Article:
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Here is a juicy post which provides excellent tips to come up with the next whodunit the authors amongst you might be planning to dish out to an unsuspecting populace.

Moulders Lane

I recently found a series of fascinating interviews in The Paris Review, with half a century of famous writers discussing How They Wrote: a treasure trove of advice and inspiration for the aspiring author. The one that most struck a chord, though, was the interview with our beloved Plum in 1975 by Gerald Clarke.

Wodehouse returned to America in 1914, following earlier, brief visits – payment for his short stories being considerably more than that offered in England – and it was there that he found success in the musical comedies that would stylistically define the rest of his writing career. He’d first contributed a lyric to a London show in 1904, but his first substantial contribution, in 1914, had been a flop. Over in New York, Miss Springtime, his first outing with dream team Guy Bolton and Jerome Kern, was a success; a year later their musical

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Michael Angelo Painting Creation

I decide to get offended, you decide to stay aloof,

Who will then make us stay under the same roof?

 

A fissure today may well grow into a chasm tomorrow,

Who will fill it up with a wheel cart and a handbarrow?

 

I decide to remain silent, so do you remain quiet,

Which arrow will then pierce this void with its might?

 

If every small thing you were to take to your heart,

Who will then restore the warmth and play Cupid’s part?

 

I am unhappy at this gap, nor are you feeling nice,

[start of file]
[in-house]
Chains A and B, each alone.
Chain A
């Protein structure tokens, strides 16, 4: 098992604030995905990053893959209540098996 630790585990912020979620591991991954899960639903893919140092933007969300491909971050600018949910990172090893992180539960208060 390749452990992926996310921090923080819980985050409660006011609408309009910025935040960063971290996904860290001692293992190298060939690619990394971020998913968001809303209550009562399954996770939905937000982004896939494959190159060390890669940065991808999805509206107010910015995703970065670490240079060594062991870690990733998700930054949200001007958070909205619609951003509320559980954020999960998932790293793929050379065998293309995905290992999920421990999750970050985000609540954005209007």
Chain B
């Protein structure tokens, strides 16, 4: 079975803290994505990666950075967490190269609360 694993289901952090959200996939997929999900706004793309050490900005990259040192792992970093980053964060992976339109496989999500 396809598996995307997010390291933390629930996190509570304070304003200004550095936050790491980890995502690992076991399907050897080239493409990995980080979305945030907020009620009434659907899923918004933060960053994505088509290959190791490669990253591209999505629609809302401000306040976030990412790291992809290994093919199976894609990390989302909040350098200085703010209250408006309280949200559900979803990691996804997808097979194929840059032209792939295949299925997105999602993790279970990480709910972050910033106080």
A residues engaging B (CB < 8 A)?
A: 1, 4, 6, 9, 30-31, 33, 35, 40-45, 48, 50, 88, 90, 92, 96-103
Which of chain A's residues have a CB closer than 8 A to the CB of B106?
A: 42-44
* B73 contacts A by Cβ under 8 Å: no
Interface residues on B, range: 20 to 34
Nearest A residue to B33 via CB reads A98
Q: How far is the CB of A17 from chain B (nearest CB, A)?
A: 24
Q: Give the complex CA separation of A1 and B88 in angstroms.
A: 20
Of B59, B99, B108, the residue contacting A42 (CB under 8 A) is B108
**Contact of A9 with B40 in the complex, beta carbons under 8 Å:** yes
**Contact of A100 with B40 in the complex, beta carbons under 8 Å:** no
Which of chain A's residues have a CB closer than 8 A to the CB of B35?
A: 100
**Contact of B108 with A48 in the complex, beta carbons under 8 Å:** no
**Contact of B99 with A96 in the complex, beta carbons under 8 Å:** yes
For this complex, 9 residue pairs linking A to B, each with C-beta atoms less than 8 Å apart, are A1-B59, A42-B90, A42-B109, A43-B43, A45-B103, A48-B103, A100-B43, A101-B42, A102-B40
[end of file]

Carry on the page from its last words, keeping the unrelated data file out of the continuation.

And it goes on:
Who will then take the initiative of breaking the ice?

 

I am not agreeable, to be amenable you do not bother,

Who will then have the magnanimity to pardon the other?

 

When our thoughts turn to the lovely memories of the past,

Who will lead us to an oasis of happiness in the sad desert vast?

 

I operate from within my huge silo of ego, so do you from yours,

Who will give us the courage to break open the shut doors?

 

Do you think we both shall live for all times to come?

Just look into each other’s eyes and keep mum?

 

Sipping together the elixir of joy that life is yet to pour,

One left behind not to repent when the other is no more?

 

Cross the point of zero gravity between us,

Be like twin stars in each other’s orbit without much fuss?

 

Life gave us the walls of caste, creed, sex, nationality, income and wealth,

Let us break the walls of our egos and enjoy good companionship and health!

 

(Related Posts:

https://ashokbhatia.wordpress.com/2014/09/29/of-novelty-and-relationships

https://ashokbhatia.wordpress.com/2015/12/05/the-alpha-beta-and-gamma-of-interpersonal-relations

https://ashokbhatia.wordpress.com/2015/09/16/an-illusory-search-for-the-perfect-soul-mate-bollywood-style)

The more I read this poem, the more I admire the wisdom contained in its short but crisp composition!

ashokbhatia

Khalil_Gibran

Your children are not your children.